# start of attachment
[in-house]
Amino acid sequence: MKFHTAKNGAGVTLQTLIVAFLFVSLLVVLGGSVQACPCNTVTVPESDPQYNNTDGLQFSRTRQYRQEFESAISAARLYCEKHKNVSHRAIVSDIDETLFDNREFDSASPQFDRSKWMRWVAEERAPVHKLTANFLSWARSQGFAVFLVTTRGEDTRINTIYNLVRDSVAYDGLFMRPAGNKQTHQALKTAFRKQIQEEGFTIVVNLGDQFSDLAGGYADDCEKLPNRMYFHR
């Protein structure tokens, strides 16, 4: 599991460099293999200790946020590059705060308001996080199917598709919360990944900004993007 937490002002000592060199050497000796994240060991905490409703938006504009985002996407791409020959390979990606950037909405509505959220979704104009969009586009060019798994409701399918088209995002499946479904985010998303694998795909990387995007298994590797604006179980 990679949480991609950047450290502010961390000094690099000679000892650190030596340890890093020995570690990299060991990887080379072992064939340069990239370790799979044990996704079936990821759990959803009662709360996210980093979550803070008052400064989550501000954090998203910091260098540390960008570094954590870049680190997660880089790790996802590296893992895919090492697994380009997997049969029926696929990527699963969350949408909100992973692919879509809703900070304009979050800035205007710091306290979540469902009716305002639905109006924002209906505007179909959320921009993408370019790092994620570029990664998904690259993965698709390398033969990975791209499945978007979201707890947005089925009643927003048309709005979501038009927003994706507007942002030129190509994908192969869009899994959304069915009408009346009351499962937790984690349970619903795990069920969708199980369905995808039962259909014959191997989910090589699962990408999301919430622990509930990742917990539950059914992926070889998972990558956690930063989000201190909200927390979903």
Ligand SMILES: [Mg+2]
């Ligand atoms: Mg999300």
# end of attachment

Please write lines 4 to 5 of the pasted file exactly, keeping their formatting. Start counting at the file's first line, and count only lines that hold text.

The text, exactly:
Ligand SMILES: [Mg+2]
């Ligand atoms: Mg999300």